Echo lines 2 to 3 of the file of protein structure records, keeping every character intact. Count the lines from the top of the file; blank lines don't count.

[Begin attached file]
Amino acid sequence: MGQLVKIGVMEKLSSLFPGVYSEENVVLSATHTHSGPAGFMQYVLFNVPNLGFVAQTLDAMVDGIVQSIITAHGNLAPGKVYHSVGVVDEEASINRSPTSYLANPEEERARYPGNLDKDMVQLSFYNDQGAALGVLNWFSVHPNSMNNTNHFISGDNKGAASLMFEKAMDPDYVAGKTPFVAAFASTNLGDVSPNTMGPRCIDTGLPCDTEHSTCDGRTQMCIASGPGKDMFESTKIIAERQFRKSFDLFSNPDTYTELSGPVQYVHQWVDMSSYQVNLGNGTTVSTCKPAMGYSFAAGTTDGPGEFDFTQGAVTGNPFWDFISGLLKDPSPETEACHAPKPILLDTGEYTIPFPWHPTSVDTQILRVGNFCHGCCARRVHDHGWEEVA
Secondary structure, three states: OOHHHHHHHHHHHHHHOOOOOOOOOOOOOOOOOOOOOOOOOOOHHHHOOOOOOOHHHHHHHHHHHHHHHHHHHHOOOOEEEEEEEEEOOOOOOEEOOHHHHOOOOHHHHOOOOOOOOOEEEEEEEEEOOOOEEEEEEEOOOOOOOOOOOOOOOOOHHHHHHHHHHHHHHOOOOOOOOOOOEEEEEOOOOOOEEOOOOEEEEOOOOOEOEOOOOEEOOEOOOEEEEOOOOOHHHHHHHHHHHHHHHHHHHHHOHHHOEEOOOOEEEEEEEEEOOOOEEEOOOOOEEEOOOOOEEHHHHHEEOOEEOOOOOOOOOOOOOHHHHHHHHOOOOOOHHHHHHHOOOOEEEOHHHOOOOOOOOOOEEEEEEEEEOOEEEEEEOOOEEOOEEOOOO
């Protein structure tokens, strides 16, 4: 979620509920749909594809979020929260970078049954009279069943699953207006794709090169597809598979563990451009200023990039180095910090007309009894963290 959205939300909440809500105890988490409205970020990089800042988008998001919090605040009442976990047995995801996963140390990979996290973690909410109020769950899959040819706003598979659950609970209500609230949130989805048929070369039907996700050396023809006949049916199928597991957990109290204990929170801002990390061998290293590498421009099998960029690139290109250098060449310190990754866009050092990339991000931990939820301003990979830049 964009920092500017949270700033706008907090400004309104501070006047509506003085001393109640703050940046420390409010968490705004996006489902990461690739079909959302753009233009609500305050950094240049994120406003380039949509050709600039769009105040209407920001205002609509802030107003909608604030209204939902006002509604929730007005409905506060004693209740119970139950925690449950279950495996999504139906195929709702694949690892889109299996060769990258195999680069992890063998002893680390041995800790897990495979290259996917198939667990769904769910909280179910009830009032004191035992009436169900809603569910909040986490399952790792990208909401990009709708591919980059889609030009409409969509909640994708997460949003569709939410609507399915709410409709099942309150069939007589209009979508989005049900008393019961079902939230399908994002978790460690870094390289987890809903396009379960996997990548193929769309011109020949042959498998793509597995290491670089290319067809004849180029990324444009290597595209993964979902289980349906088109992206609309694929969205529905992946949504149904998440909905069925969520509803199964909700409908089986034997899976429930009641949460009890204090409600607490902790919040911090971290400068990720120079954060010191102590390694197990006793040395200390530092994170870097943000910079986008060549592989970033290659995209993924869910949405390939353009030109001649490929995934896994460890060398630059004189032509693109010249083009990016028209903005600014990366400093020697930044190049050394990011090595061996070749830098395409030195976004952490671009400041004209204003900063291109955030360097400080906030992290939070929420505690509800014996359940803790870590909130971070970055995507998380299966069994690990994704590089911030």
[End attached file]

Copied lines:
Secondary structure, three states: OOHHHHHHHHHHHHHHOOOOOOOOOOOOOOOOOOOOOOOOOOOHHHHOOOOOOOHHHHHHHHHHHHHHHHHHHHOOOOEEEEEEEEEOOOOOOEEOOHHHHOOOOHHHHOOOOOOOOOEEEEEEEEEOOOOEEEEEEEOOOOOOOOOOOOOOOOOHHHHHHHHHHHHHHOOOOOOOOOOOEEEEEOOOOOOEEOOOOEEEEOOOOOEOEOOOOEEOOEOOOEEEEOOOOOHHHHHHHHHHHHHHHHHHHHHOHHHOEEOOOOEEEEEEEEEOOOOEEEOOOOOEEEOOOOOEEHHHHHEEOOEEOOOOOOOOOOOOOHHHHHHHHOOOOOOHHHHHHHOOOOEEEOHHHOOOOOOOOOOEEEEEEEEEOOEEEEEEOOOEEOOEEOOOO
């Protein structure tokens, strides 16, 4: 979620509920749909594809979020929260970078049954009279069943699953207006794709090169597809598979563990451009200023990039180095910090007309009894963290 959205939300909440809500105890988490409205970020990089800042988008998001919090605040009442976990047995995801996963140390990979996290973690909410109020769950899959040819706003598979659950609970209500609230949130989805048929070369039907996700050396023809006949049916199928597991957990109290204990929170801002990390061998290293590498421009099998960029690139290109250098060449310190990754866009050092990339991000931990939820301003990979830049 964009920092500017949270700033706008907090400004309104501070006047509506003085001393109640703050940046420390409010968490705004996006489902990461690739079909959302753009233009609500305050950094240049994120406003380039949509050709600039769009105040209407920001205002609509802030107003909608604030209204939902006002509604929730007005409905506060004693209740119970139950925690449950279950495996999504139906195929709702694949690892889109299996060769990258195999680069992890063998002893680390041995800790897990495979290259996917198939667990769904769910909280179910009830009032004191035992009436169900809603569910909040986490399952790792990208909401990009709708591919980059889609030009409409969509909640994708997460949003569709939410609507399915709410409709099942309150069939007589209009979508989005049900008393019961079902939230399908994002978790460690870094390289987890809903396009379960996997990548193929769309011109020949042959498998793509597995290491670089290319067809004849180029990324444009290597595209993964979902289980349906088109992206609309694929969205529905992946949504149904998440909905069925969520509803199964909700409908089986034997899976429930009641949460009890204090409600607490902790919040911090971290400068990720120079954060010191102590390694197990006793040395200390530092994170870097943000910079986008060549592989970033290659995209993924869910949405390939353009030109001649490929995934896994460890060398630059004189032509693109010249083009990016028209903005600014990366400093020697930044190049050394990011090595061996070749830098395409030195976004952490671009400041004209204003900063291109955030360097400080906030992290939070929420505690509800014996359940803790870590909130971070970055995507998380299966069994690990994704590089911030």